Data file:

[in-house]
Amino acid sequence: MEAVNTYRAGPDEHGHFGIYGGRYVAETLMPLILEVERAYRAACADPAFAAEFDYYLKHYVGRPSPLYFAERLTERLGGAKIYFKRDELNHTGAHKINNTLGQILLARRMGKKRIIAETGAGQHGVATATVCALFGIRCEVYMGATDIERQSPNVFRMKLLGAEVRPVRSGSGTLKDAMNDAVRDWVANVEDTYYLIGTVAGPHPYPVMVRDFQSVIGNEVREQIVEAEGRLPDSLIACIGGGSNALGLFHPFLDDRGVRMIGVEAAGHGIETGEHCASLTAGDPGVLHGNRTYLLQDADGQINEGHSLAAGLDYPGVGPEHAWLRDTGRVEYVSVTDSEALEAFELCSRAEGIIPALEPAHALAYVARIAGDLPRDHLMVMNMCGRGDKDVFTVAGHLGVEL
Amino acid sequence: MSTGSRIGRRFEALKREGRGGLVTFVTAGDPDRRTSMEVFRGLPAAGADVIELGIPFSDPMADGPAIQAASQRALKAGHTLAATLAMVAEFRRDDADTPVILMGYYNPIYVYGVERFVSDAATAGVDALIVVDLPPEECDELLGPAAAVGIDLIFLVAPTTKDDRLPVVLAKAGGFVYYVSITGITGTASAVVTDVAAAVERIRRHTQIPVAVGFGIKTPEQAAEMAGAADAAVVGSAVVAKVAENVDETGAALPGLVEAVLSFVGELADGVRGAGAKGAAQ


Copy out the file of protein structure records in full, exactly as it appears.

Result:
[in-house]
Amino acid sequence: MEAVNTYRAGPDEHGHFGIYGGRYVAETLMPLILEVERAYRAACADPAFAAEFDYYLKHYVGRPSPLYFAERLTERLGGAKIYFKRDELNHTGAHKINNTLGQILLARRMGKKRIIAETGAGQHGVATATVCALFGIRCEVYMGATDIERQSPNVFRMKLLGAEVRPVRSGSGTLKDAMNDAVRDWVANVEDTYYLIGTVAGPHPYPVMVRDFQSVIGNEVREQIVEAEGRLPDSLIACIGGGSNALGLFHPFLDDRGVRMIGVEAAGHGIETGEHCASLTAGDPGVLHGNRTYLLQDADGQINEGHSLAAGLDYPGVGPEHAWLRDTGRVEYVSVTDSEALEAFELCSRAEGIIPALEPAHALAYVARIAGDLPRDHLMVMNMCGRGDKDVFTVAGHLGVEL
Amino acid sequence: MSTGSRIGRRFEALKREGRGGLVTFVTAGDPDRRTSMEVFRGLPAAGADVIELGIPFSDPMADGPAIQAASQRALKAGHTLAATLAMVAEFRRDDADTPVILMGYYNPIYVYGVERFVSDAATAGVDALIVVDLPPEECDELLGPAAAVGIDLIFLVAPTTKDDRLPVVLAKAGGFVYYVSITGITGTASAVVTDVAAAVERIRRHTQIPVAVGFGIKTPEQAAEMAGAADAAVVGSAVVAKVAENVDETGAALPGLVEAVLSFVGELADGVRGAGAKGAAQ